A similar principle applies as CC mode engages, which in that series should be due to current sensing and slope compensation. Partly due to limited gain of the sense amp, partly due to amplitude-dependent propagation delay to the PWM latch.

The overall effect is adding slope to the otherwise-ideal straight vertical/horizontal CV/CC regions, and a rounding-off of the otherwise ideal square corner between them.

If the devices are other, or not authentic, a similar analysis may apply (this is generally true of any peak current mode style control, with the amount of sloping/rounding depending on loop gain, propagation delay and the like), or they may be completely different types (e.g. a separate DC current loop regulates the CC region very precisely, at least at DC; but may incur a slow response during the transition).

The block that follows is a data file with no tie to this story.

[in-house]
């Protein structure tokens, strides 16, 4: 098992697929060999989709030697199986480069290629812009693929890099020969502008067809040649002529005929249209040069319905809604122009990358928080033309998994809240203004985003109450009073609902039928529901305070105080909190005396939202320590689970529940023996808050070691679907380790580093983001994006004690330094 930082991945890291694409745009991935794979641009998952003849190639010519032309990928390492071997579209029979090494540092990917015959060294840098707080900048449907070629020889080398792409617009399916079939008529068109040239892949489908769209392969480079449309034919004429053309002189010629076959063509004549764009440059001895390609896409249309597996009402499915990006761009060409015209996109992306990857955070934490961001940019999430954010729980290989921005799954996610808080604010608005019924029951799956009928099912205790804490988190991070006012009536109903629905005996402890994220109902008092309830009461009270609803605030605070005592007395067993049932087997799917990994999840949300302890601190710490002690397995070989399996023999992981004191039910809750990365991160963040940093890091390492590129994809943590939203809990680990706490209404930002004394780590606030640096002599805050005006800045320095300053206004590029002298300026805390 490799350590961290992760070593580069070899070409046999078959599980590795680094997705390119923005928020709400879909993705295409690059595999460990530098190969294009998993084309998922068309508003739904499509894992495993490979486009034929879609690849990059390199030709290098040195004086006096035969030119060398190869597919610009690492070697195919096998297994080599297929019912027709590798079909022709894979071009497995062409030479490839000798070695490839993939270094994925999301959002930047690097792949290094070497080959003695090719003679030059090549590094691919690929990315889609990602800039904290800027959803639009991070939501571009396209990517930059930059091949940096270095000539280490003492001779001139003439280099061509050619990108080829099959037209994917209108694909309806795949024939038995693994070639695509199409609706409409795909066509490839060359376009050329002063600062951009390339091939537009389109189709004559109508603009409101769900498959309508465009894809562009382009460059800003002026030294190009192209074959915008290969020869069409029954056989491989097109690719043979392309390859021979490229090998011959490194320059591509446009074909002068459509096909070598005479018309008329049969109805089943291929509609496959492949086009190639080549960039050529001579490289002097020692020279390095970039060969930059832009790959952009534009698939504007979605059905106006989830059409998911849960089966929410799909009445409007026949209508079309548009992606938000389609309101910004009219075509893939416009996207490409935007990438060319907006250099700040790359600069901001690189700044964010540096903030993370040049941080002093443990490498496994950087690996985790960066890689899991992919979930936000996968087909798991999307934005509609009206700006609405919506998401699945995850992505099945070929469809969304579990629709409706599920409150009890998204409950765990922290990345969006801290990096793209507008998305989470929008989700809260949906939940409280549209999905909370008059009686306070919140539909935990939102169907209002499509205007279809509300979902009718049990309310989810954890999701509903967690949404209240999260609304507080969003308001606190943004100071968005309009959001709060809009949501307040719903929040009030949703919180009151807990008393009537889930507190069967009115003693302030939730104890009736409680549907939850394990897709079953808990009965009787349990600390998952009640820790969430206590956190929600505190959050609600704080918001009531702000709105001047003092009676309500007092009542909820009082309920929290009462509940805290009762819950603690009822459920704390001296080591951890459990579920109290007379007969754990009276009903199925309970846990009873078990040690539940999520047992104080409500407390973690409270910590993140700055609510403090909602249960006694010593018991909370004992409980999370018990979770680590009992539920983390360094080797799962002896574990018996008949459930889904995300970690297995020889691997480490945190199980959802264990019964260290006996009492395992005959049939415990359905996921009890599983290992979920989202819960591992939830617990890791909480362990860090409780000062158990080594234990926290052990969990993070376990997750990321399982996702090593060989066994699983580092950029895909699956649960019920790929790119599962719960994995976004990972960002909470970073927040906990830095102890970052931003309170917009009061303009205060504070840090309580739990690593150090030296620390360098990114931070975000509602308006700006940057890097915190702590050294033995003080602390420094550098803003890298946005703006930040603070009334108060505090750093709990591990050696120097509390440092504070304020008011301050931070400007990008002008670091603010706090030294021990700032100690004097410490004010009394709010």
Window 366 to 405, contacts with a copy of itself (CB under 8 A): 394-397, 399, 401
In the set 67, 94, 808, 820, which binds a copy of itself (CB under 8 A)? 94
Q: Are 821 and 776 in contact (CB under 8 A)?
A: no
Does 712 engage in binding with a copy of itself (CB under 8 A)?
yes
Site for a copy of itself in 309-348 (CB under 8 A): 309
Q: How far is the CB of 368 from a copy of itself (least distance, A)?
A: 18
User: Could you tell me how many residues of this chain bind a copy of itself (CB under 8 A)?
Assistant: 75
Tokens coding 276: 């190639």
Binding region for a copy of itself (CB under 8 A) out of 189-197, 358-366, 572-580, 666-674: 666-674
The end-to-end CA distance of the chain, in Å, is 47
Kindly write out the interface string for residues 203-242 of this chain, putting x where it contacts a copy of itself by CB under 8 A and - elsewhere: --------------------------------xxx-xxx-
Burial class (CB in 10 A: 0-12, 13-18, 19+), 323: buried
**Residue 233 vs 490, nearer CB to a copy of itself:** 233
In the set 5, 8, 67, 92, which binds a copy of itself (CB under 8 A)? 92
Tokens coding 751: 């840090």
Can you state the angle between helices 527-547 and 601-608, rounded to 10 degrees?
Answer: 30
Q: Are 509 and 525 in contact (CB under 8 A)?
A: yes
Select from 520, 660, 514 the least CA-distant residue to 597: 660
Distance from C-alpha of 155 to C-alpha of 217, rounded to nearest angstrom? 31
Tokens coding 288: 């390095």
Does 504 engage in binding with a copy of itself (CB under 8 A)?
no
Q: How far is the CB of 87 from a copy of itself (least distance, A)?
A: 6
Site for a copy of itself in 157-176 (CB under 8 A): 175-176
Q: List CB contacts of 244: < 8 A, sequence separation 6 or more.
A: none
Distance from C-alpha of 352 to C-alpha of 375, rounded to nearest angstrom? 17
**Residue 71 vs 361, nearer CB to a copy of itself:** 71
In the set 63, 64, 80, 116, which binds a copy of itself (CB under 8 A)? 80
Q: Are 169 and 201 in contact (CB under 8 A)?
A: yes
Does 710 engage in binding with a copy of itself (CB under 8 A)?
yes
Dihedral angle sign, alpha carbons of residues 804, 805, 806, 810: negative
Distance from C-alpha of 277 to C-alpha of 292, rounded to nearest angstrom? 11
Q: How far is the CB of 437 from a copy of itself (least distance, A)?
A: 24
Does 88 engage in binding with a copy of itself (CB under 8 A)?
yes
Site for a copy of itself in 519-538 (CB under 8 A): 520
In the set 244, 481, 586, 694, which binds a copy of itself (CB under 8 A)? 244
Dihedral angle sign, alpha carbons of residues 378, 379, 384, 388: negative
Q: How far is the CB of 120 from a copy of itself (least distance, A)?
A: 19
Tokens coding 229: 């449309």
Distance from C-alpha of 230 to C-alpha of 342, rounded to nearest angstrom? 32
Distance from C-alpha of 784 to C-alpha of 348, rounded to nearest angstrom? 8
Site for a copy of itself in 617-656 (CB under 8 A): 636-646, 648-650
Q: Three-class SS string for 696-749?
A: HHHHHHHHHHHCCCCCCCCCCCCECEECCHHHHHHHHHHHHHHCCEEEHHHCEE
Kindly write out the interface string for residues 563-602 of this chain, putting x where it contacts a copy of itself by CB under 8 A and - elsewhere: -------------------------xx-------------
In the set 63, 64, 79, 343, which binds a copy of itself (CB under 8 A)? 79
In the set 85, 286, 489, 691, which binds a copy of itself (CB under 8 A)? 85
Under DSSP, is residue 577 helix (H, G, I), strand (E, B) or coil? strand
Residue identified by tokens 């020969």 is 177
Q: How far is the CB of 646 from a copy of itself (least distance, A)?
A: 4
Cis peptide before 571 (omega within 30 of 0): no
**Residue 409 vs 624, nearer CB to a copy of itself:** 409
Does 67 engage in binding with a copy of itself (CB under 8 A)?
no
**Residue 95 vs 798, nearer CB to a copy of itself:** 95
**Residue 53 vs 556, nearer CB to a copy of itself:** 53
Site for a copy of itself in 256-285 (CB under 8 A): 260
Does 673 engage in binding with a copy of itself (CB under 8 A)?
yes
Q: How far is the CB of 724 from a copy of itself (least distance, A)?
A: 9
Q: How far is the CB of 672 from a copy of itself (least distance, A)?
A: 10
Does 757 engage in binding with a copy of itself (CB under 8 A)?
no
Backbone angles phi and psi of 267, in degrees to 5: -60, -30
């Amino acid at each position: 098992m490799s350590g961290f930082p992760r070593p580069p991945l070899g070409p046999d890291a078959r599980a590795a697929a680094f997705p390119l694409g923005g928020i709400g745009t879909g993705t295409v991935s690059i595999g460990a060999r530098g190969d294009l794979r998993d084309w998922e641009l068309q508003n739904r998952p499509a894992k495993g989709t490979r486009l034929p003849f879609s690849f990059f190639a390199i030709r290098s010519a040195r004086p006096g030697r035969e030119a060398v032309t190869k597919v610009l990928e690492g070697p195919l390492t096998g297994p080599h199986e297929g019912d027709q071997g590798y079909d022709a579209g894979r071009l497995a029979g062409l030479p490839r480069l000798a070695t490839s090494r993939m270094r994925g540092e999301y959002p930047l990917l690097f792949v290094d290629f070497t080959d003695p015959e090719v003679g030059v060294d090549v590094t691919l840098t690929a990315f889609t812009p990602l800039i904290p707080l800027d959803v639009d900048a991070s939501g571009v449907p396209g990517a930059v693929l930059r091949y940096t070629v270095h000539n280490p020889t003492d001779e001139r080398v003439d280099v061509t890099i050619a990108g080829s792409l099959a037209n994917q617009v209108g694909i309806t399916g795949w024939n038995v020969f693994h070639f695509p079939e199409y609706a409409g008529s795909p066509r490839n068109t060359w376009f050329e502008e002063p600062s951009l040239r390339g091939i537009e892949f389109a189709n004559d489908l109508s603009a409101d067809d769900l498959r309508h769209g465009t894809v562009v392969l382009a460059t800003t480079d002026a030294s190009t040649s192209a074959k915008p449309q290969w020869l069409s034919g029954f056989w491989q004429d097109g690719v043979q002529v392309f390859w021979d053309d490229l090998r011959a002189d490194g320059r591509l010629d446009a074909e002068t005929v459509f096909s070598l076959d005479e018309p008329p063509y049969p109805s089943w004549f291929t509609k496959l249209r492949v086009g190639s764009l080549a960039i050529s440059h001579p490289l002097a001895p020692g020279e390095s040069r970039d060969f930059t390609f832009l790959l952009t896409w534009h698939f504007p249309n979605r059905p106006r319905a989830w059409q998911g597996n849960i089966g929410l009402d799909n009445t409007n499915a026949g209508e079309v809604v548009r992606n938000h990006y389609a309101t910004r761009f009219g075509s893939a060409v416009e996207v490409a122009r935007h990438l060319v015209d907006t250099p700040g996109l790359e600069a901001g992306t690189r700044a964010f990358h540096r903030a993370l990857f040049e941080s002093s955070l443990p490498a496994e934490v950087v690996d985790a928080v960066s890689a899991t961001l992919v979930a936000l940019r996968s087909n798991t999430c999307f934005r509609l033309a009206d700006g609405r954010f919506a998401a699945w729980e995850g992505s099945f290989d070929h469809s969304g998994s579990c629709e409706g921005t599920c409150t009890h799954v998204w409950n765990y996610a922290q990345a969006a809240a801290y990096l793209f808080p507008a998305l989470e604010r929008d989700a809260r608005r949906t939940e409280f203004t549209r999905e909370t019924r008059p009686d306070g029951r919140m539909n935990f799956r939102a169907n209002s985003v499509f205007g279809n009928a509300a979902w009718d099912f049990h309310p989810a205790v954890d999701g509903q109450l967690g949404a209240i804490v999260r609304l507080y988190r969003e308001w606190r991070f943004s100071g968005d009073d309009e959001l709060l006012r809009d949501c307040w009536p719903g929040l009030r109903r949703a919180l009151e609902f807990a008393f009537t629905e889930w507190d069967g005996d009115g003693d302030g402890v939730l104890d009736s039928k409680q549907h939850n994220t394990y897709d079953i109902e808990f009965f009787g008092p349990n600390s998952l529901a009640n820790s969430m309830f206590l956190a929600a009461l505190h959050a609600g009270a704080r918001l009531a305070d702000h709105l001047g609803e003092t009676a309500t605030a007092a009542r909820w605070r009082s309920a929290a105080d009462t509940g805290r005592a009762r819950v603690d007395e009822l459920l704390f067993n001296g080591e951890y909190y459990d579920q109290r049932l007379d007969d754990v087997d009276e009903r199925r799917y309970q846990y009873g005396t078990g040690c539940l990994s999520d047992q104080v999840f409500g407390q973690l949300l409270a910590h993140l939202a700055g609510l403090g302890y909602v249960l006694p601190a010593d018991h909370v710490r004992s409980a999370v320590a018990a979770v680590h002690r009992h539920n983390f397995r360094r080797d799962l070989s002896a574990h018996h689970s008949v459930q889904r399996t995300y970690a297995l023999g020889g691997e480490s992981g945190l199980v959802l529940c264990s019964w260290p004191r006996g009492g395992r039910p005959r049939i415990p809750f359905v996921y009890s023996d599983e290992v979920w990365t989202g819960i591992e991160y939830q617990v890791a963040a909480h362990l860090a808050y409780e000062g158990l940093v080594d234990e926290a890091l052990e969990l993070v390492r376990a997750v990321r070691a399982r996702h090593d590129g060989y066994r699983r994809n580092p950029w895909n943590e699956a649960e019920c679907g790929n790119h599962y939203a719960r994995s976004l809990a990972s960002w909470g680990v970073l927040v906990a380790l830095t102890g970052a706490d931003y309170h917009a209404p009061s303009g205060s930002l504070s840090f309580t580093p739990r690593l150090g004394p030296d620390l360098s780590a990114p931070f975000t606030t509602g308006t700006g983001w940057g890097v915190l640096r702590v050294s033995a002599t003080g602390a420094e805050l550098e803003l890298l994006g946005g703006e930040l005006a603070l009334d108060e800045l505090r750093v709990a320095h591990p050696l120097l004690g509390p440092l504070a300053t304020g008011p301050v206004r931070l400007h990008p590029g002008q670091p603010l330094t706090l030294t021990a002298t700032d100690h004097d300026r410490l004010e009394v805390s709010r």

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Actually after sometime, the charging of Lithium-ion Cells / Battery switches to CV(Constant Voltage Mode) from initial Constant Current mode (CC)

I came across an article from Digikey website citing

"The battery cell will have most of its charge when the battery voltage reaches 4.1 V or 4.2 V. At this point, the current going into the battery gradually decreases."

You may read the article here :

https://www.digikey.in/en/maker/blogs/charging-lithium-ion-batteries

Cheers ;) Vrajj VTEC

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    \$\begingroup\$ This is not an answer to the question. The question was about too early current drop. \$\endgroup\$
    – Jens
    Aug 9 at 21:37